When water is pumped into the display aquarium from the sump the water level in the aquarium rises until that water flows through the teeth in the top of the overflow wall or basket. From there this water flows through the hole in the aquarium and back to the sump. The sump contains enough water to not be emptied by the pump. The sump MUST also have a reserve capacity big enough to handle all the water from the aquarium that is above the bottom of the overflow walls teeth when the system is running. If the sump dose not have this reserve capacity water from the aquarium will overflow the sump during power or pump outages.
    Starting the system usually involves …
    1) Filling the display aquarium to the bottom of the overflow walls teeth.
    2) Filling the sump to about 4 inches below it maximum capacity.
    3) Starting the sumps return pump.
    Once the system is running you will see that about 30% to 50% of the sumps water (depending on the size of the display aquarium and the size of the sump) must be displaced into the display aquarium to get water in the display aquarium to start flowing over the wall or basket and back to the sump. Never top up the sump after the setup is running. During a power or pump failure all that displaced water that is temporally in the display aquarium will return to the sump.
    Hope this is helpfull... Hope I didn't forget anything.
    Rob

  2. #2
    Senior Member pwall's Avatar
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    Once again OSD, excellent post.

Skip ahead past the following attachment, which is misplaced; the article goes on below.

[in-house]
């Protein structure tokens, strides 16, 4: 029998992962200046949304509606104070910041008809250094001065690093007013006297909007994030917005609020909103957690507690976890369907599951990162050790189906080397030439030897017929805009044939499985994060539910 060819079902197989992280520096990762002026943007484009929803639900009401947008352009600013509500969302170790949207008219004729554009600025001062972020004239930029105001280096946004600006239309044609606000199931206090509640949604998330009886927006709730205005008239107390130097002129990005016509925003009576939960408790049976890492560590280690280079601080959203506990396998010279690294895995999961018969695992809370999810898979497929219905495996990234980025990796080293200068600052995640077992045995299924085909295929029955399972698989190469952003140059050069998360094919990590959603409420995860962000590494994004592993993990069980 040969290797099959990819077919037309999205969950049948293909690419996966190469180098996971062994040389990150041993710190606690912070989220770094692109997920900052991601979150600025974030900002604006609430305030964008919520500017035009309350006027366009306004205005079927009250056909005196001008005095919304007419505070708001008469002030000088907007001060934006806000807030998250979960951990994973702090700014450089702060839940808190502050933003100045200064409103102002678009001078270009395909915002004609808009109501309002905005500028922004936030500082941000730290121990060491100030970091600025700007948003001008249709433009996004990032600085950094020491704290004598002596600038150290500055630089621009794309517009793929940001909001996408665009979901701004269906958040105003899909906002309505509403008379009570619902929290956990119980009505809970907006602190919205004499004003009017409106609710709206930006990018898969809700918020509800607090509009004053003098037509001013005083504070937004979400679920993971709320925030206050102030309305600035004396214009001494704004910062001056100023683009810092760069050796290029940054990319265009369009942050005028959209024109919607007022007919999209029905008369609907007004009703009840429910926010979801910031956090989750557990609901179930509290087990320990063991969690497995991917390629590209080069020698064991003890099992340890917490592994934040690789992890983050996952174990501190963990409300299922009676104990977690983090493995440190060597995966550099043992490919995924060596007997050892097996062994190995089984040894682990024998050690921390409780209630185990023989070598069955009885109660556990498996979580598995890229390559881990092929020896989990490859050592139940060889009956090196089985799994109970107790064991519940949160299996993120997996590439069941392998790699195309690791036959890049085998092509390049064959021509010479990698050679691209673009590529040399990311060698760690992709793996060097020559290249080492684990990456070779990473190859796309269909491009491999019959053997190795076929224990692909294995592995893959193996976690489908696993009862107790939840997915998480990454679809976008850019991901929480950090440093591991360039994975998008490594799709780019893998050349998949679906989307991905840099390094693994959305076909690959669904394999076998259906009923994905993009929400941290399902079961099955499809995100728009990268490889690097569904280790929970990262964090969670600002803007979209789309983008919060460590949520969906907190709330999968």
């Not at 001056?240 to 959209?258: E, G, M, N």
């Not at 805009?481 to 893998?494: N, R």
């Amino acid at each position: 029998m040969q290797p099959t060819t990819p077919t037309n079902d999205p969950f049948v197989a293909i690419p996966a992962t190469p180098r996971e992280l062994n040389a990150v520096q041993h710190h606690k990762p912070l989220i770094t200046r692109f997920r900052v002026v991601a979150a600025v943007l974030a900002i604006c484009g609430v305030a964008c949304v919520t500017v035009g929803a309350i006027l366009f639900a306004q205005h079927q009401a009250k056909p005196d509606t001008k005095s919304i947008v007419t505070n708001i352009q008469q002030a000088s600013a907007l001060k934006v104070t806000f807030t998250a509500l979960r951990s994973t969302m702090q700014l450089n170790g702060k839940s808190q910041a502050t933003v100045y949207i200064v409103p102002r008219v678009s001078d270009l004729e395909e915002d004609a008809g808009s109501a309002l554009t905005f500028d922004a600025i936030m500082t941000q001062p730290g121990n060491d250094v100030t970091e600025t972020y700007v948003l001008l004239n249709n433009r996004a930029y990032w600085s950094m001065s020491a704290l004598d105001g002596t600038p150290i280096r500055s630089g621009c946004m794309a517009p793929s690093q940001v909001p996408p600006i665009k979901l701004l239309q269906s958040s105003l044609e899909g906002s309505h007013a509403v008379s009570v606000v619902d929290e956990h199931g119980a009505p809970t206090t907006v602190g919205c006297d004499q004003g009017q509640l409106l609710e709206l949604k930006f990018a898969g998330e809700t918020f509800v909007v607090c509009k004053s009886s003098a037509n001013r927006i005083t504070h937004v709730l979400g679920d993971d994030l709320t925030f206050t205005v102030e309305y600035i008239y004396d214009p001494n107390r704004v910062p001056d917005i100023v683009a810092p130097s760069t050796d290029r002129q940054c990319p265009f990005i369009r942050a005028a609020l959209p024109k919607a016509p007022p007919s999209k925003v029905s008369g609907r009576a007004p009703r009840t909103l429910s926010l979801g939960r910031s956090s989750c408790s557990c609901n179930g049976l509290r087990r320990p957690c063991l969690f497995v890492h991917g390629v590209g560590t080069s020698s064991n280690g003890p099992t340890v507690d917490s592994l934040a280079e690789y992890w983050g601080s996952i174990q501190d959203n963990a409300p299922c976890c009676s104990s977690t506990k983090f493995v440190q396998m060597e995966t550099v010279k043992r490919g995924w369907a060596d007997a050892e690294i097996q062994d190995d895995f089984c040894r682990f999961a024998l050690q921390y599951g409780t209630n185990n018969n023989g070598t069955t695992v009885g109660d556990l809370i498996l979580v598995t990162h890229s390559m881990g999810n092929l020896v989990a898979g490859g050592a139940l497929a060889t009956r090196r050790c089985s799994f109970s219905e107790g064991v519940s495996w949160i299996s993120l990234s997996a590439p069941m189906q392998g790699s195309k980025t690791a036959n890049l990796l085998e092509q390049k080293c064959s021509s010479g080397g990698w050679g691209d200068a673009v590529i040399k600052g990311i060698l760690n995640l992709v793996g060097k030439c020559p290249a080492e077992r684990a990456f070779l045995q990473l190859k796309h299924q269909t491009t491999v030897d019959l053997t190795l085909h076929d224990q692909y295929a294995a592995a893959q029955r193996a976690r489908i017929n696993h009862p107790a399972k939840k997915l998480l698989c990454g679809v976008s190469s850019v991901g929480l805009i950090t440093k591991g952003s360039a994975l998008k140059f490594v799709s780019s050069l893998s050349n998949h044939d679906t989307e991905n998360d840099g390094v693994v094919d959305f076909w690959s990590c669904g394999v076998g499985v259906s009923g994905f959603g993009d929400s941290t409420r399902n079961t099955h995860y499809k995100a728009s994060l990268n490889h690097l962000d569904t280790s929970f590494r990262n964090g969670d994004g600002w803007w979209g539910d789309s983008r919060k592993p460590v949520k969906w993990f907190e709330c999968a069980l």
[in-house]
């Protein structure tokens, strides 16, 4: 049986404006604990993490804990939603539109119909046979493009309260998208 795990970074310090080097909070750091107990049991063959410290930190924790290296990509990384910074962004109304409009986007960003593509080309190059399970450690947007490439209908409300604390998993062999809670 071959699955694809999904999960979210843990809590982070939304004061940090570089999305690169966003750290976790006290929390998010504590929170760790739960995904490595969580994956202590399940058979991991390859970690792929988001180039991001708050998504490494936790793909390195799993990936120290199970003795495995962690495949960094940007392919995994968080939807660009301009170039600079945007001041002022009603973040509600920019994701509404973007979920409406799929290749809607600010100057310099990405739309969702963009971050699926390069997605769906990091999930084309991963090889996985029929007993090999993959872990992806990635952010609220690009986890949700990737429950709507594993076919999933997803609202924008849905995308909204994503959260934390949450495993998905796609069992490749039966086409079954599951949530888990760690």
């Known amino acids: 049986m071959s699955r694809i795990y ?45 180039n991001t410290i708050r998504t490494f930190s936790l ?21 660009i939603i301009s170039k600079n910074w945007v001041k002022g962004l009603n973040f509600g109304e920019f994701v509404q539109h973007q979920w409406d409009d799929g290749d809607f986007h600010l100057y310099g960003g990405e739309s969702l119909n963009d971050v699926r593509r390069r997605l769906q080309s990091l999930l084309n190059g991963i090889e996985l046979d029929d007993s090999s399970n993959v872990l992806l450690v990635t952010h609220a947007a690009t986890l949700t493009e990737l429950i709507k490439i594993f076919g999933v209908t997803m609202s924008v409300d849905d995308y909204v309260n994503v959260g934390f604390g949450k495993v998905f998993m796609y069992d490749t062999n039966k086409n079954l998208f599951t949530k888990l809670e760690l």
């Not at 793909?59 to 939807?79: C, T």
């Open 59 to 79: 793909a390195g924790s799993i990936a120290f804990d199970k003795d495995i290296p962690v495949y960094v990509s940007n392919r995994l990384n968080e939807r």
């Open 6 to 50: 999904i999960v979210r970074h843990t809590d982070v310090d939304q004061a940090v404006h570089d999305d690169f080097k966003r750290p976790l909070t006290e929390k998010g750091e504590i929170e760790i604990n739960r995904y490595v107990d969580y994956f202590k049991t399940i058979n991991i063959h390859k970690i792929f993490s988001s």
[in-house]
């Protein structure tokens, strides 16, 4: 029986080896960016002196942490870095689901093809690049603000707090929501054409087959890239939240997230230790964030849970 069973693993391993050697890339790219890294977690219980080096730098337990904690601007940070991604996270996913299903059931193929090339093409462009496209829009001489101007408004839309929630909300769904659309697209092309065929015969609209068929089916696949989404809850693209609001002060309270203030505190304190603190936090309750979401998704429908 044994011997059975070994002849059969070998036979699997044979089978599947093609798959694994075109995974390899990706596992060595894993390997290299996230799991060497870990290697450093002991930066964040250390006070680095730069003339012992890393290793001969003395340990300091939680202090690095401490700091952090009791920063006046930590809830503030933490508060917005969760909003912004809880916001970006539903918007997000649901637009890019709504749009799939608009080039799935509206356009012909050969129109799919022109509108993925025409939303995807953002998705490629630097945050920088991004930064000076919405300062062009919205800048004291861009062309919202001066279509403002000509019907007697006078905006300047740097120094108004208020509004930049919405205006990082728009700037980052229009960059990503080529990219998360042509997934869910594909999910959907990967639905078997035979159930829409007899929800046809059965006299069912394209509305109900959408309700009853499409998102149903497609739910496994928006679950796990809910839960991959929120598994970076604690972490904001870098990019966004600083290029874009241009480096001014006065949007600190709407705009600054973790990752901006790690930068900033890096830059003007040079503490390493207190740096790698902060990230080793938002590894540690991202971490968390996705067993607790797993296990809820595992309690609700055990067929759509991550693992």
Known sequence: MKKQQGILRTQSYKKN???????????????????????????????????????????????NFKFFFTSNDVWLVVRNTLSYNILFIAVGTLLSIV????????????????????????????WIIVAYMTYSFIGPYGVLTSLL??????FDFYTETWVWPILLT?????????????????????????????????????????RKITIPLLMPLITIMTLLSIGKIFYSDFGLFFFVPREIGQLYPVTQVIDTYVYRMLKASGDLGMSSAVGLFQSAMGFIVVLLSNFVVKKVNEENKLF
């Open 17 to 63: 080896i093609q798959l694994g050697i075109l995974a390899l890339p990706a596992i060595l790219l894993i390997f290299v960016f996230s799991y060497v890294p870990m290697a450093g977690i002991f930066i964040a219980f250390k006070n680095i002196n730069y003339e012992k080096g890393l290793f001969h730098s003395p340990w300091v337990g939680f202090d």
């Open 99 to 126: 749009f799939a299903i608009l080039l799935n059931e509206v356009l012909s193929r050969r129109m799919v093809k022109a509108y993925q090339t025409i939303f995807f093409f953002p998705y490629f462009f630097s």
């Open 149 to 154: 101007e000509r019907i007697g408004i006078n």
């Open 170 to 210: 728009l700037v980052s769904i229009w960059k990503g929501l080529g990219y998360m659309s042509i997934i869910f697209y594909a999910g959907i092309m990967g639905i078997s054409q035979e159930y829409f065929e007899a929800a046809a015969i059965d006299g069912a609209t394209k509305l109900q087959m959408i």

Regards,
    Patrick.
    Ottawa (Orleans), Ontario
    Yahoo IM: pwallnfld

  3. #3
    Senior Member hippo!'s Avatar
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    Keep em commin' OSD!

  4. #4
    Senior Member tang_man_montreal's Avatar
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    OSD,
    I've been adding hyperlinks to the other posts within these posts to make easier for everyone.
    I am Homer of BORG... Prepare to be..OOOO!! DONUT!!!!!!

  5. #5
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    Thanks Vince ... thats a good idea and very helpful for all who read this stuff.
    Rob

  6. #6
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    I'm up grading my reef tank fro a 65gal with no sump or over flow to a 90gal inwall with a sump. This is my first time and need some help. it seems that my over flow is to slow for my 600gal/Hr pump. the hole that i got drilled is 2' 1/4 and the abs pipe is 1' 1/2. How fast should the pump be? Because i was scared that 600g/h would be to slow!

  7. #7
    Senior Member pwall's Avatar
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    600gph should be fine. What kind of pump is it?
    And what size is the return line ?
    Regards,
    Patrick.
    Ottawa (Orleans), Ontario
    Yahoo IM: pwallnfld

  8. #8
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    Do I understand your question correctly? You are concerned that a 600 gallon per hour pump will not move enough water through the sump on your 90 gallon tank?
    If this is correct the maximum flow through the sump for a 90 gallon display tank would be 900 gallons per hour. A 1.5 drain should be able to handle that much volume. If your pump is 600 GPH your still within the 5 to 10 times recommended turn over rate of a 90 gallon tank. 450 GPH would be the minimum pump size to use on a 90 gallon tank
    Rob
    Rob

  9. #9
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    thankyou very much. the pump that I'm running is an old ehiem. The proble was in my pluming design. I tried to do some fancy work outside the tank to correct my water level. but theory doesn't allways work as well as planed. so I'm tacking it all apart and starting over.Soooo fustrating!!! :grr: thank you again for the advice and i'm going to stick to the original plan.